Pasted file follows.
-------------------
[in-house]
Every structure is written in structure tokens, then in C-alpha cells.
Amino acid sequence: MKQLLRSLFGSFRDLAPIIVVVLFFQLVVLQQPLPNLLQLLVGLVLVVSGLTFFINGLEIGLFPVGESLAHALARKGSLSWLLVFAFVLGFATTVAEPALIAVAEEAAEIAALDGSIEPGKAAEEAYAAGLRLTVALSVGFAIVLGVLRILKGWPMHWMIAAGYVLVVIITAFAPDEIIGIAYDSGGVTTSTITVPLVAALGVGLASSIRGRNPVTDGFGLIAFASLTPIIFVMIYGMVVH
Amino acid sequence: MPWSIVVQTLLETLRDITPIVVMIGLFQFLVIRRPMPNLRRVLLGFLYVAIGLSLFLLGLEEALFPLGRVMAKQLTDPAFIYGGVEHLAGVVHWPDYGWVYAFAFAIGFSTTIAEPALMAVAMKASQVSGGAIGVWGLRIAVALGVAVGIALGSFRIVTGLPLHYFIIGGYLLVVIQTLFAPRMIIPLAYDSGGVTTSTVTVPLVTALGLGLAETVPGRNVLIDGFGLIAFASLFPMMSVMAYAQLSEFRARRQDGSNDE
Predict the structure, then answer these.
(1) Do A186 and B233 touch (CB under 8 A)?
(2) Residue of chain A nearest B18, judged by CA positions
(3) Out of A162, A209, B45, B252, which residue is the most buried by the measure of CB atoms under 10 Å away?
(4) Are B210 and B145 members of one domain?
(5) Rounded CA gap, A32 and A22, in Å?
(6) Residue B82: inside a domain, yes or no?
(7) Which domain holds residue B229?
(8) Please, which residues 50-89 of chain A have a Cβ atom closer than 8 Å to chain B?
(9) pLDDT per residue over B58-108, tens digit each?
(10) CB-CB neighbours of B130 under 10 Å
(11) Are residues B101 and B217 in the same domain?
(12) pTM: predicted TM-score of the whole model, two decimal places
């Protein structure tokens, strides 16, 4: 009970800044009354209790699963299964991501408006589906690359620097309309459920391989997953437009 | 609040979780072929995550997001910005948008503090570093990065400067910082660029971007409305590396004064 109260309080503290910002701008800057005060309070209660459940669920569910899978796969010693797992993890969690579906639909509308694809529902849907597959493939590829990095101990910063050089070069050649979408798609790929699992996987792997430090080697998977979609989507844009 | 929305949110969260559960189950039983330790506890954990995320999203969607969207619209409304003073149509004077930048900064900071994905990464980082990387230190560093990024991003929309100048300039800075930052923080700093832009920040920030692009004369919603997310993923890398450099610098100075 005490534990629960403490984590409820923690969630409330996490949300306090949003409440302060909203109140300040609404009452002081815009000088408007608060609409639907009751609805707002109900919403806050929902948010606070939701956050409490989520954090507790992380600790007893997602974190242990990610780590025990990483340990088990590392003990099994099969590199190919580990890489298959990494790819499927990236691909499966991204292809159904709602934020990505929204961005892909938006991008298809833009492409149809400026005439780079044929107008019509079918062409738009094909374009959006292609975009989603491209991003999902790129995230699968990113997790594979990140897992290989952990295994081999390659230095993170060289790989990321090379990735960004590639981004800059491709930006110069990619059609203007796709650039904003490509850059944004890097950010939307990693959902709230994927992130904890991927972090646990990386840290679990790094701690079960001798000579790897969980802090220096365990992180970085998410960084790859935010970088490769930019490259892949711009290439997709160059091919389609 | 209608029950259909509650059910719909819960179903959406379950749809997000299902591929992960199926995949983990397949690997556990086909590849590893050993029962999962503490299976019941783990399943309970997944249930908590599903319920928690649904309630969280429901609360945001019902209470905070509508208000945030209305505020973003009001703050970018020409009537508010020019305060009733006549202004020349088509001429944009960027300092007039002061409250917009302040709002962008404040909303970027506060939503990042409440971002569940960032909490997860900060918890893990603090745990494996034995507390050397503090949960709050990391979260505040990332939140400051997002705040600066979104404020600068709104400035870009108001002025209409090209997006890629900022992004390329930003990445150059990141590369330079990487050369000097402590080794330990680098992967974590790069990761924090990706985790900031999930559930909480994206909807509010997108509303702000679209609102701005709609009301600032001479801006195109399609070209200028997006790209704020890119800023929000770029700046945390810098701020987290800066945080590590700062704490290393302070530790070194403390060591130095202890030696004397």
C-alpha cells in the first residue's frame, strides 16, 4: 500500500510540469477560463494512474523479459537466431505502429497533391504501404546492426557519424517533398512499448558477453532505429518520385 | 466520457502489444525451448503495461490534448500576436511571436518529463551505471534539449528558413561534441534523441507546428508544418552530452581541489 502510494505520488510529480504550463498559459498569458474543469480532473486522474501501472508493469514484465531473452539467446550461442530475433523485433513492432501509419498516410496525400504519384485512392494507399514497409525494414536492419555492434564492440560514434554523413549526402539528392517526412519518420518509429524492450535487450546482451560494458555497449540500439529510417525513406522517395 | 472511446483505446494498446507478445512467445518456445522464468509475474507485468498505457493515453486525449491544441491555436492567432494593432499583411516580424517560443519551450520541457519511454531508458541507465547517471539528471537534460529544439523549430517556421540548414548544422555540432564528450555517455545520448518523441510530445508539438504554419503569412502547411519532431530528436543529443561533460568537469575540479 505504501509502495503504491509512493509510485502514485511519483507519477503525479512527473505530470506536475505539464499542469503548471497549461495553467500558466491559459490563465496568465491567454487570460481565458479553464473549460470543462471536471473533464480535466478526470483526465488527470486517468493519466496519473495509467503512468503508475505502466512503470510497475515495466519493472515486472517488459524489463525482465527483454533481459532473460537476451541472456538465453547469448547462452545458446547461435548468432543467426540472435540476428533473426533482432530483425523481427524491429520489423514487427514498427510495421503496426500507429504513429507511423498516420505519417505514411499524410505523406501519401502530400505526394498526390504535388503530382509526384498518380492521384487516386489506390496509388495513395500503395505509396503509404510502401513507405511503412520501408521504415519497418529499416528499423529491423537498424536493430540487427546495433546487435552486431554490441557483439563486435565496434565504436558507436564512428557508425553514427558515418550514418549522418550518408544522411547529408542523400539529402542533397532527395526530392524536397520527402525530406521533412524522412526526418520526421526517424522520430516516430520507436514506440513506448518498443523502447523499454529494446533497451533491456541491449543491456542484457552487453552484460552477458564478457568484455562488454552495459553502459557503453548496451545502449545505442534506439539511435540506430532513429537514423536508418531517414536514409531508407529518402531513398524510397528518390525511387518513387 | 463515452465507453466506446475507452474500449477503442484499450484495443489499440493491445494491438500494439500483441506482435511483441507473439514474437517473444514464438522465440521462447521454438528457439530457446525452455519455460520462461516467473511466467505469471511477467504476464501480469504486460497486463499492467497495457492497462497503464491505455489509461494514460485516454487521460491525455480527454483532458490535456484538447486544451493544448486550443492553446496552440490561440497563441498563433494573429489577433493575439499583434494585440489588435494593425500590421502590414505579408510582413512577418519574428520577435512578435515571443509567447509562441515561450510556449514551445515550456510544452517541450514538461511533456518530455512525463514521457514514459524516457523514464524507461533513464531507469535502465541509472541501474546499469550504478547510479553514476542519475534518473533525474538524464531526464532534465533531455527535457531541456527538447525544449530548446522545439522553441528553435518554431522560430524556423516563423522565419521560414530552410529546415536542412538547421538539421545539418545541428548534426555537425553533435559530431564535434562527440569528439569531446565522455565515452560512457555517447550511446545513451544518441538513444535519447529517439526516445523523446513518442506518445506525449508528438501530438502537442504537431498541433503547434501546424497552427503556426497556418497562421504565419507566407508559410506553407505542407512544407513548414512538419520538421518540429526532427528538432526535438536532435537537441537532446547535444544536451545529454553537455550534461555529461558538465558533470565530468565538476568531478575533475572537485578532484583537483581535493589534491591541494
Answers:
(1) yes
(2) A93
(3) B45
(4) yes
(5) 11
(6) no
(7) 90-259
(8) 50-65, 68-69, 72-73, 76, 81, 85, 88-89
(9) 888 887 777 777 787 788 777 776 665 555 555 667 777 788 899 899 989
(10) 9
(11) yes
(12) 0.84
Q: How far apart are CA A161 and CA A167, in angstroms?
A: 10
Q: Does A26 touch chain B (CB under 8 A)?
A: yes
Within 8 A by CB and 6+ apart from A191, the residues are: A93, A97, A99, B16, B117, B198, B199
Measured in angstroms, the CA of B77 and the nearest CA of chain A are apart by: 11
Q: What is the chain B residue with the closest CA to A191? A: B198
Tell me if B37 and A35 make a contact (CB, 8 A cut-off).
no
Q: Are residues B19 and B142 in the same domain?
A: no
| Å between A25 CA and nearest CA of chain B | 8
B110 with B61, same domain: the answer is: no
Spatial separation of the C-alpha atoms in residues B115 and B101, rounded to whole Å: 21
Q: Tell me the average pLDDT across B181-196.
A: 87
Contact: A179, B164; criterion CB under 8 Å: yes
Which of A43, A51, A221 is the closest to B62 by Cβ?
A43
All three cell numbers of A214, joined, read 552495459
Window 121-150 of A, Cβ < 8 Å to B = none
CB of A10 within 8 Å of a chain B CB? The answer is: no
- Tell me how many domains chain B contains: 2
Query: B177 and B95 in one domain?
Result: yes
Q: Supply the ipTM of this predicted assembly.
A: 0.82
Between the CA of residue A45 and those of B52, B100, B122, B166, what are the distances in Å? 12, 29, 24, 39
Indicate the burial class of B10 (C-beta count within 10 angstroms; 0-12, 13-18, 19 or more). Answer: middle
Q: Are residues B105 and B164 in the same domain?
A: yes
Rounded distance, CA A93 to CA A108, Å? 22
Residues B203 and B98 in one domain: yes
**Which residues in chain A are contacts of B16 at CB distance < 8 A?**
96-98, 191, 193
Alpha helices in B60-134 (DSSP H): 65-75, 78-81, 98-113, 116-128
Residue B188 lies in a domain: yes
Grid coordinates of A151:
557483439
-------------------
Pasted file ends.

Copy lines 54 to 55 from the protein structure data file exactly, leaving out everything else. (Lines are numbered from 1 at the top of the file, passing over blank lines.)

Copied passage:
CB of A10 within 8 Å of a chain B CB? The answer is: no
- Tell me how many domains chain B contains: 2